Yes – Close to the edge (The ’59) #086

The ’59 2018 #086: 180327

Yes – Close to the Edge (1972)

This year, Jem of Jemtunes, born in 1959, turns 59. So ‘The ’59’ celebrates 59 years of cracking tunes with a few albums from each year – 1959 through 2018. We’re currently at year 14 – 1972

Released on 13 September 1972 by Atlantic Records, Close to the Edge was the 5th studio album from Prog Rock gurus, Yes. Following a tour in support of their previous album, Fragile, the band returned to Advision Studios in London to record their next album. Self produced with the help of audio engineer Eddy Offord, the album has just three tracks: “Close to the Edge” on side one; “And You and I” and “Siberian Khatru” on side two.

When recording for the album finished, drummer Bill Bruford, frustrated by the band’s style and laborious recording in the studio, left to join King Crimson.

Close to the Edge became the band’s greatest commercial success at the time of its release, reaching No.4 on the UK Albums Chart.It was reissued in 1994, 2003, and 2013, the latter including unreleased tracks and a new stereo and 5.1 surround sound mix by Steven Wilson.

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Yes – Going for the One (Epic #358)

The Epic 2017 Project #358: 171224

Yes – Going for the One (1977)

Going for the One is the eighth ‘Yes’ studio album, released on 15 July 1977 by Atlantic Records. It was recorded in Montreaux, Switzerland after the band took a break in activity for each member to release a solo album and their 1976 North American tour. It marks the departure of keyboardist Patrick Moraz and the return of Rick Wakeman, who had left to pursue his solo career after musical differences surrounding Tales from Topographic Oceans (1973). In a departure from their previous three albums, Going for the One features shorter and more direct songs written without a unifying theme or concept, and saw Yes record with new producers, engineers and cover designers.

A remastered edition was released in 2003 that contains several previously unreleased tracks from the album’s recording sessions. Yes supported the album with a six-month tour of North America and Europe.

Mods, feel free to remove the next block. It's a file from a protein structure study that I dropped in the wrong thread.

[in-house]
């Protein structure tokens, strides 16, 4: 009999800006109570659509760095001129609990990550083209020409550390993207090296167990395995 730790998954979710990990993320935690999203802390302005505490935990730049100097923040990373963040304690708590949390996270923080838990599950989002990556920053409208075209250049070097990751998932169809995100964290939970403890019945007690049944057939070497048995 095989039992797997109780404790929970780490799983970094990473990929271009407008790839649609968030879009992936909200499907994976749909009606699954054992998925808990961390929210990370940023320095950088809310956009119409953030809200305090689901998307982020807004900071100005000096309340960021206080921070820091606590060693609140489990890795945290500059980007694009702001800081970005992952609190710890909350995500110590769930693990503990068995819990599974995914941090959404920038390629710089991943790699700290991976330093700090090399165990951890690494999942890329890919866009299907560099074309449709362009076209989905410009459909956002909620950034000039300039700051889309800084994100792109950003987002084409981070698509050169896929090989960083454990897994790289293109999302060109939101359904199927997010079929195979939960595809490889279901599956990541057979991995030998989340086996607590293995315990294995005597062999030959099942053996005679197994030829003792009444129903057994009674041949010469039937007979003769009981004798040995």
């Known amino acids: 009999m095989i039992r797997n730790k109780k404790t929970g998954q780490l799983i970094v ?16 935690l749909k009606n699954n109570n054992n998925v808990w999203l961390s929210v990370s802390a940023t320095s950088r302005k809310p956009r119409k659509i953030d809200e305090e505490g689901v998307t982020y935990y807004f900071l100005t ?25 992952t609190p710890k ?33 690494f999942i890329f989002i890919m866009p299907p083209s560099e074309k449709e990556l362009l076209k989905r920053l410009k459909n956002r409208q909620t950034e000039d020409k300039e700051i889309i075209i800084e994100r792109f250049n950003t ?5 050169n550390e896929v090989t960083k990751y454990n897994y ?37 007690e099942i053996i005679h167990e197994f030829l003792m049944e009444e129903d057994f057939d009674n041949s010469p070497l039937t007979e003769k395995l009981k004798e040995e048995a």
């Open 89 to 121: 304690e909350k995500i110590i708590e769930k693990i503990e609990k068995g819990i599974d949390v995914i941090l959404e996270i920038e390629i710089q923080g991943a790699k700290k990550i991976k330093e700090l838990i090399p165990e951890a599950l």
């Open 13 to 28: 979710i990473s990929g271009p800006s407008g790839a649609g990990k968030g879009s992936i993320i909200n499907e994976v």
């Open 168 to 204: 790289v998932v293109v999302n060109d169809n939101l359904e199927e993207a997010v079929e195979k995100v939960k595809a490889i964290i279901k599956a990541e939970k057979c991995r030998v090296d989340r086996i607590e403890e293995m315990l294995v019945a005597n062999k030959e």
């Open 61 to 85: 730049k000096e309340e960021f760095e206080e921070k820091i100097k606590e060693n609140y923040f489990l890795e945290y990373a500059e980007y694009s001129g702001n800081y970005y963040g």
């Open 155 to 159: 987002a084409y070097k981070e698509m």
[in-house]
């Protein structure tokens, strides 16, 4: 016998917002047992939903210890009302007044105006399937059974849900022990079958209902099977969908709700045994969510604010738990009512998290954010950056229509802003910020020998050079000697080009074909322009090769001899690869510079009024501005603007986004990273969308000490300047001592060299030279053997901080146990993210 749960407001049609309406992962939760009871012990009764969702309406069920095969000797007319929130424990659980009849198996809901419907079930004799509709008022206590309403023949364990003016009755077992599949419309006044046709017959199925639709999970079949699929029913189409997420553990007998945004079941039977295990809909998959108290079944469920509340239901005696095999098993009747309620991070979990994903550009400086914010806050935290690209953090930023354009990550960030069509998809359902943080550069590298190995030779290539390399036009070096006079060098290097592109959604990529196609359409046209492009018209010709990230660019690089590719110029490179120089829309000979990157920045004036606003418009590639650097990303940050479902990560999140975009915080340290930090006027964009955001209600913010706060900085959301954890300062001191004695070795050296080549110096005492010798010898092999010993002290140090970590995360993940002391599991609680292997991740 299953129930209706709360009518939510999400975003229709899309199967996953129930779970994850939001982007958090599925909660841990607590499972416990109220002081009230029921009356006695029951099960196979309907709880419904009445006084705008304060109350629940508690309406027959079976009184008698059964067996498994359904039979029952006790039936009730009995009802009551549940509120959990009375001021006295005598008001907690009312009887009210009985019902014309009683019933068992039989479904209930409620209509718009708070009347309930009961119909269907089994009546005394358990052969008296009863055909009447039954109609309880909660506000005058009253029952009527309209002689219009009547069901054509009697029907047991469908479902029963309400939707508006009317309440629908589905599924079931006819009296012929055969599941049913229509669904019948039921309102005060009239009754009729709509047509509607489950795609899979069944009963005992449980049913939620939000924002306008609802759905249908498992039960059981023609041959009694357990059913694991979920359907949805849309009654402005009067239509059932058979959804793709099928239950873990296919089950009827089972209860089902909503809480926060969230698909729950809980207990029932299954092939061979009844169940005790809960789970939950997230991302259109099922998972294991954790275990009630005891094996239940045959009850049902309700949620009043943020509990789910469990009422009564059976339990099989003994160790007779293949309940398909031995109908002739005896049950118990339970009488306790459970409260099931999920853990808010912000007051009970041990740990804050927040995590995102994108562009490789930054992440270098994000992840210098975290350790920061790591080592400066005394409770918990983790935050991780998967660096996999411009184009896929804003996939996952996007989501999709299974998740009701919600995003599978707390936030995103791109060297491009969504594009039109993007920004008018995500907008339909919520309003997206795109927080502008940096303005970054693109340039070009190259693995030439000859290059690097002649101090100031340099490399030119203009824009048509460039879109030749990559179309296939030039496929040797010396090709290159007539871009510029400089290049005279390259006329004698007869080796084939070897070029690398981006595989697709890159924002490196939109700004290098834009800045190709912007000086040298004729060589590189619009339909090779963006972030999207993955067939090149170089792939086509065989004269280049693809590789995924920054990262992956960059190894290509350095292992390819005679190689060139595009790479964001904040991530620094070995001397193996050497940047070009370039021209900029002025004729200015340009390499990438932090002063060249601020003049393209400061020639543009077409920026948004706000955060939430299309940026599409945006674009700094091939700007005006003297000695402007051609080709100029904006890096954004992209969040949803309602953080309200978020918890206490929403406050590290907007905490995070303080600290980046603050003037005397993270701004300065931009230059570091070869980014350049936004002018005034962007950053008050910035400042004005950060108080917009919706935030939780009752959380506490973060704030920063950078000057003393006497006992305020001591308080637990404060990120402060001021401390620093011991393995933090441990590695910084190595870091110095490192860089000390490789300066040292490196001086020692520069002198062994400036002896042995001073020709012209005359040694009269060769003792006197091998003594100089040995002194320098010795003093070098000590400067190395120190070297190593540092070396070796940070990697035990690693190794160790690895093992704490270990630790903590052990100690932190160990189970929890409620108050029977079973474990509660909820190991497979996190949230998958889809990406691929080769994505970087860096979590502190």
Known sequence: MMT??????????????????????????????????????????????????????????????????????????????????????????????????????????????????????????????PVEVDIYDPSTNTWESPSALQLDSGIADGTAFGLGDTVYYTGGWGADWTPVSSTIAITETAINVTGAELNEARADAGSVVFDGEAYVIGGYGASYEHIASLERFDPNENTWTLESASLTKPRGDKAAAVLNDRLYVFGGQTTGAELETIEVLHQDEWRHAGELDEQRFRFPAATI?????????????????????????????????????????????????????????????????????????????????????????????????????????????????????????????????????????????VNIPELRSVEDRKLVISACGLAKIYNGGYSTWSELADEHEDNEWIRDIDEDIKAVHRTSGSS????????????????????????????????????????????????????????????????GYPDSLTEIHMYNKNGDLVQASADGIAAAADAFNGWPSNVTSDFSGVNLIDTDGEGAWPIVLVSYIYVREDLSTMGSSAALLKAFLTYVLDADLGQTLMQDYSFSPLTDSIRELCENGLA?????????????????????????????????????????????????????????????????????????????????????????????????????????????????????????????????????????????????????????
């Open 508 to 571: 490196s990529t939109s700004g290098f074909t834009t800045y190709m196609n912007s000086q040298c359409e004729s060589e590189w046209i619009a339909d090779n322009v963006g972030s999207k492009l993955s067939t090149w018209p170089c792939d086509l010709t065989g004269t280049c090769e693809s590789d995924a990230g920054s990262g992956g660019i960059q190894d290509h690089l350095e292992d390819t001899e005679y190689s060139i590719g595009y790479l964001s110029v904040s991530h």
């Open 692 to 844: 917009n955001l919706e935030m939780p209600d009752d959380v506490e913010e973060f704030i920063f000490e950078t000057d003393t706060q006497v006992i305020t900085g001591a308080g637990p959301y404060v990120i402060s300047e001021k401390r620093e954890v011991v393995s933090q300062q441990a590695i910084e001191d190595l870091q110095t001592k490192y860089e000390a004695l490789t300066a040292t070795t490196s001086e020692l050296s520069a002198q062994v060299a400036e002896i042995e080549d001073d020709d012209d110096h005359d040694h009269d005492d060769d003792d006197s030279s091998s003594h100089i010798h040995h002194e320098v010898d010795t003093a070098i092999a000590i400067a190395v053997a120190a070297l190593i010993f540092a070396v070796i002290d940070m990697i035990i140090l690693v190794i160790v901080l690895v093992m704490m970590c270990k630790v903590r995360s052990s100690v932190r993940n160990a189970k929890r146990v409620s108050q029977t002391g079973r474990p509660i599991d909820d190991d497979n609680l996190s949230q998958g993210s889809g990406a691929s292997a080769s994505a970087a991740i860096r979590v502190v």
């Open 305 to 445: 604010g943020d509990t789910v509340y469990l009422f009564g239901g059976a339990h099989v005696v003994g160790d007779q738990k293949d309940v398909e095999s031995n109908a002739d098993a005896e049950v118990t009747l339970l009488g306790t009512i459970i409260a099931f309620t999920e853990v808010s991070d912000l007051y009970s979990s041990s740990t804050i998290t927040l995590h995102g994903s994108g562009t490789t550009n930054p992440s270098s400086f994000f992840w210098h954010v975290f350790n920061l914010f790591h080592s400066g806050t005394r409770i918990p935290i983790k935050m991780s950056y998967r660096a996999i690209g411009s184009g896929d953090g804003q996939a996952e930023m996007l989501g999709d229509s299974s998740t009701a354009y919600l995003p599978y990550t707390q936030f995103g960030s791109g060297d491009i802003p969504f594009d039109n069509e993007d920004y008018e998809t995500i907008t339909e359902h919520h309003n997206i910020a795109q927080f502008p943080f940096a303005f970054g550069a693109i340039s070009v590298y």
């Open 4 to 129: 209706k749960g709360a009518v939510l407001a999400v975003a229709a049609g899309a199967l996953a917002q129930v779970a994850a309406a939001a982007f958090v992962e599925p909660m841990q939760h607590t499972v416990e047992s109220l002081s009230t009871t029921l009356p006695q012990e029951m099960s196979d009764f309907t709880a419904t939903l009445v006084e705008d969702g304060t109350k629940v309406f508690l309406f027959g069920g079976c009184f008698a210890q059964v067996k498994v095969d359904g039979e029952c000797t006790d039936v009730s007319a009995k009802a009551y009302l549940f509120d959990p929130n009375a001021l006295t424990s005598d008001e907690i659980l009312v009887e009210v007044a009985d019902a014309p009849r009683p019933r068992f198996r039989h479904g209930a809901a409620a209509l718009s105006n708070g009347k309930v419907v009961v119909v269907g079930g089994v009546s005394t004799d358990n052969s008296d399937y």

Yes – top rock albums

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Issue 91 of ‘Classic Rock’ magazine – published in April 2006 – featured the 100 Greatest British Rock Albums ever. As I am fortunate enough to have 60 of these in my collection, this is day 26 in a mini-series for Jemtunes – sample tracks from each of the albums I own from 100 through to 1.

Day 26: Number 50/100: Yes – Siberian Khatru (from Close to the Edge – 1972)

Yes – top rock albums

IMGP4278

Issue 91 of ‘Classic Rock’ magazine – published in April 2006 – featured the 100 Greatest British Rock Albums ever. As I am fortunate enough to have 60 of these in my collection, this is day 15 in a mini-series for Jemtunes – sample tracks from each of the albums I own from 100 through to 1.

Day 15: Number 68/100: Yes – Long distance runaround (from Fragile – 1971)

Yes – top rock albums

IMGP4278

Issue 91 of ‘Classic Rock’ magazine – published in April 2006 – featured the 100 Greatest British Rock Albums ever. As I am fortunate enough to have 60 of these in my collection, this is day 2 in a mini-series for Jemtunes – sample tracks from each of the albums I own from 100 through to 1.

Day 2: Number 97/100: Yes – “Yours is no disgrace” from the Yes album (1971)

Artful albums #9: Roger Dean – Tales from Topographic Oceans (1973)

Tales-Yes-Cover

Roger Dean (b.1944), a graduate of the Royal College of Art, together with Storm Thorgerson (more about him later) is credited with the transformation of the album cover from perfunctory packaging to the status of art form in its own right. This example is the gatefold cover for the 1973 Yes album ‘Tales from Topographic Oceans’. But you really should check out his website and have a look at the other stuff he’s done over the years – http://www.rogerdean.com